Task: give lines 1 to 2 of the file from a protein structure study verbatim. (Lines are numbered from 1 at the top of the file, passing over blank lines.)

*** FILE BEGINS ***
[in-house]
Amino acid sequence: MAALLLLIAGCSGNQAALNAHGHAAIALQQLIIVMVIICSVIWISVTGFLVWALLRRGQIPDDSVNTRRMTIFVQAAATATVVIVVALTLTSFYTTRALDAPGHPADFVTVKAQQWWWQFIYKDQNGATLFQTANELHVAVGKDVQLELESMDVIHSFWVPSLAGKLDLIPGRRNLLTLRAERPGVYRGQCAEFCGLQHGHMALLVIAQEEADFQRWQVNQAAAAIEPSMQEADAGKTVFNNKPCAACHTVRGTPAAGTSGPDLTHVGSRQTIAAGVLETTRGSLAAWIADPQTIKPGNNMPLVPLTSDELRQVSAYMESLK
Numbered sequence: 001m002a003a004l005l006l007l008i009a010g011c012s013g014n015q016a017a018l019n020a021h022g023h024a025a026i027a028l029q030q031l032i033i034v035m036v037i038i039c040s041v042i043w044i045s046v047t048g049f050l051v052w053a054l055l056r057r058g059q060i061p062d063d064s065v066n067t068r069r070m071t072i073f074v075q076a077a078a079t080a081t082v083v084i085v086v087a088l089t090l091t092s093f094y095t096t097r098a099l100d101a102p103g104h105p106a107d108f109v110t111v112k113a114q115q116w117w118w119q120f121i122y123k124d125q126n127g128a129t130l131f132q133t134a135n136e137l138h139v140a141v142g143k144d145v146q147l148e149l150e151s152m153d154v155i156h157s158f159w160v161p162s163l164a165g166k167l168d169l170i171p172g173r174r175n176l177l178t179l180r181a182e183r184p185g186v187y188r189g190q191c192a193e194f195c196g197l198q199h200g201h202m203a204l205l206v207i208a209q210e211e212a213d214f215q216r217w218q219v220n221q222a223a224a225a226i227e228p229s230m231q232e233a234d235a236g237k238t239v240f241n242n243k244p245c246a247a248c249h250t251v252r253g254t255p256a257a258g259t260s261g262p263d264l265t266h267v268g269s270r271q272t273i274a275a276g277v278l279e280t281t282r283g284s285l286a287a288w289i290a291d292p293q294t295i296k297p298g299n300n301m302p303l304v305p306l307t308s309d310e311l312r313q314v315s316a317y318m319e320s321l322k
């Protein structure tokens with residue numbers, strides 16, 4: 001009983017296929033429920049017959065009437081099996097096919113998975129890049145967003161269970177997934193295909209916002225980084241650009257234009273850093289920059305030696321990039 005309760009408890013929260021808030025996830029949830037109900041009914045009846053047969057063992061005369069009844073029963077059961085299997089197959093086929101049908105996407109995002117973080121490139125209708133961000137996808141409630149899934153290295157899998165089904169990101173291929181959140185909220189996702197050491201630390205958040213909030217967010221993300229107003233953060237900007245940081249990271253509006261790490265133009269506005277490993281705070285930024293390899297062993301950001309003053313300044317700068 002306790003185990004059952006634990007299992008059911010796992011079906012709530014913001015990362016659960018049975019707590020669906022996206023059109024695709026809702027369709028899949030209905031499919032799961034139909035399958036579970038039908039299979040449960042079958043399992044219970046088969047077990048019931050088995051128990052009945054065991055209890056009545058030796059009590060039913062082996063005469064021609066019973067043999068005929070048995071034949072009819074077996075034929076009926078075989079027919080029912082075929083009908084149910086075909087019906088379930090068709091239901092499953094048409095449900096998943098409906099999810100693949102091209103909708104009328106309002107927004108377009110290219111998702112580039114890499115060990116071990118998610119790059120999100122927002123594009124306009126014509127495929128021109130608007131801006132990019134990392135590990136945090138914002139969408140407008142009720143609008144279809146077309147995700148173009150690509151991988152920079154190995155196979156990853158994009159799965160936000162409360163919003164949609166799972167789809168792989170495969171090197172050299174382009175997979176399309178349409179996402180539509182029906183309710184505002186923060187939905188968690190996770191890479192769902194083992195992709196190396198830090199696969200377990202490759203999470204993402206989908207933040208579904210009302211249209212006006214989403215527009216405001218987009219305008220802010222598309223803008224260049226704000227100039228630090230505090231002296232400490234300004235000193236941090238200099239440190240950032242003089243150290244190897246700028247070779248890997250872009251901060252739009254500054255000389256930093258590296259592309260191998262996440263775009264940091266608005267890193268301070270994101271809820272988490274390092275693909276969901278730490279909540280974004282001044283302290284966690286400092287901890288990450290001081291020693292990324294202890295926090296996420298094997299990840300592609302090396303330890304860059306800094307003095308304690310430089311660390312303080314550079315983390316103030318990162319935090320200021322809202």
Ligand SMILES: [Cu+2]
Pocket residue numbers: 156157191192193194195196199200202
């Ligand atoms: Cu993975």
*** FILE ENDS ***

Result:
[in-house]
Amino acid sequence: MAALLLLIAGCSGNQAALNAHGHAAIALQQLIIVMVIICSVIWISVTGFLVWALLRRGQIPDDSVNTRRMTIFVQAAATATVVIVVALTLTSFYTTRALDAPGHPADFVTVKAQQWWWQFIYKDQNGATLFQTANELHVAVGKDVQLELESMDVIHSFWVPSLAGKLDLIPGRRNLLTLRAERPGVYRGQCAEFCGLQHGHMALLVIAQEEADFQRWQVNQAAAAIEPSMQEADAGKTVFNNKPCAACHTVRGTPAAGTSGPDLTHVGSRQTIAAGVLETTRGSLAAWIADPQTIKPGNNMPLVPLTSDELRQVSAYMESLK